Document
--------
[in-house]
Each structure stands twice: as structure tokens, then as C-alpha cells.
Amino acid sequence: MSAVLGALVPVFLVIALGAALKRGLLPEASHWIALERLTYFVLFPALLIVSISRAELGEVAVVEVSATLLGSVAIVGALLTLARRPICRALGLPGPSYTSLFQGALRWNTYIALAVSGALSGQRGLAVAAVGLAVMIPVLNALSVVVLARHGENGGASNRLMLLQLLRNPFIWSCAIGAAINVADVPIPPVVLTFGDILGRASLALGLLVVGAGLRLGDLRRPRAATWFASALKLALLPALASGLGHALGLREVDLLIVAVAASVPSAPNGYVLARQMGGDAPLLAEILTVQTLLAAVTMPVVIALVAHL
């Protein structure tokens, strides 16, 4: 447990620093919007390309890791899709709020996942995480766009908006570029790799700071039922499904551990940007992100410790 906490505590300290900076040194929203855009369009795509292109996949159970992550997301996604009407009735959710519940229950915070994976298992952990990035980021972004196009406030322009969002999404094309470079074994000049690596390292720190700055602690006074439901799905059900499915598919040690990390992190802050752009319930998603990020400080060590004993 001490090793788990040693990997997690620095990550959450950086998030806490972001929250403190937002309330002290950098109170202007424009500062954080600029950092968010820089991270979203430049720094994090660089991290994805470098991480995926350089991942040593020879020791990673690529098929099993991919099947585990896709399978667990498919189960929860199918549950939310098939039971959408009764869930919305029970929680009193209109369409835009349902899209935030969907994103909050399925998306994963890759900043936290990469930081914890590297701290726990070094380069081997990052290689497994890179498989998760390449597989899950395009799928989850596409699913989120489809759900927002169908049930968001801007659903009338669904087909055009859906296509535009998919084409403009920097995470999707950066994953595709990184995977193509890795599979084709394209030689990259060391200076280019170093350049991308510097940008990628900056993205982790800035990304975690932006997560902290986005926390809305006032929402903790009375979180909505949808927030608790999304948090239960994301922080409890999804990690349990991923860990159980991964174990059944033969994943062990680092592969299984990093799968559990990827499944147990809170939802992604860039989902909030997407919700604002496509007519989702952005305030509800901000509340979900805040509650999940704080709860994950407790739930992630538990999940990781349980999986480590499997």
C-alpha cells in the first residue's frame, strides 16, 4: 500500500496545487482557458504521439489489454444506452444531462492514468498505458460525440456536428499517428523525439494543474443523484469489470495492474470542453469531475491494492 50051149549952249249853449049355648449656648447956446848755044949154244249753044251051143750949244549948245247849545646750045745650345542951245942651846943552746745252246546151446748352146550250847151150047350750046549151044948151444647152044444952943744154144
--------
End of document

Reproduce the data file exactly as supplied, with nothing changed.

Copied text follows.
[in-house]
Each structure stands twice: as structure tokens, then as C-alpha cells.
Amino acid sequence: MSAVLGALVPVFLVIALGAALKRGLLPEASHWIALERLTYFVLFPALLIVSISRAELGEVAVVEVSATLLGSVAIVGALLTLARRPICRALGLPGPSYTSLFQGALRWNTYIALAVSGALSGQRGLAVAAVGLAVMIPVLNALSVVVLARHGENGGASNRLMLLQLLRNPFIWSCAIGAAINVADVPIPPVVLTFGDILGRASLALGLLVVGAGLRLGDLRRPRAATWFASALKLALLPALASGLGHALGLREVDLLIVAVAASVPSAPNGYVLARQMGGDAPLLAEILTVQTLLAAVTMPVVIALVAHL
């Protein structure tokens, strides 16, 4: 447990620093919007390309890791899709709020996942995480766009908006570029790799700071039922499904551990940007992100410790 906490505590300290900076040194929203855009369009795509292109996949159970992550997301996604009407009735959710519940229950915070994976298992952990990035980021972004196009406030322009969002999404094309470079074994000049690596390292720190700055602690006074439901799905059900499915598919040690990390992190802050752009319930998603990020400080060590004993 001490090793788990040693990997997690620095990550959450950086998030806490972001929250403190937002309330002290950098109170202007424009500062954080600029950092968010820089991270979203430049720094994090660089991290994805470098991480995926350089991942040593020879020791990673690529098929099993991919099947585990896709399978667990498919189960929860199918549950939310098939039971959408009764869930919305029970929680009193209109369409835009349902899209935030969907994103909050399925998306994963890759900043936290990469930081914890590297701290726990070094380069081997990052290689497994890179498989998760390449597989899950395009799928989850596409699913989120489809759900927002169908049930968001801007659903009338669904087909055009859906296509535009998919084409403009920097995470999707950066994953595709990184995977193509890795599979084709394209030689990259060391200076280019170093350049991308510097940008990628900056993205982790800035990304975690932006997560902290986005926390809305006032929402903790009375979180909505949808927030608790999304948090239960994301922080409890999804990690349990991923860990159980991964174990059944033969994943062990680092592969299984990093799968559990990827499944147990809170939802992604860039989902909030997407919700604002496509007519989702952005305030509800901000509340979900805040509650999940704080709860994950407790739930992630538990999940990781349980999986480590499997």
C-alpha cells in the first residue's frame, strides 16, 4: 500500500496545487482557458504521439489489454444506452444531462492514468498505458460525440456536428499517428523525439494543474443523484469489470495492474470542453469531475491494492 50051149549952249249853449049355648449656648447956446848755044949154244249753044251051143750949244549948245247849545646750045745650345542951245942651846943552746745252246546151446748352146550250847151150047350750046549151044948151444647152044444952943744154144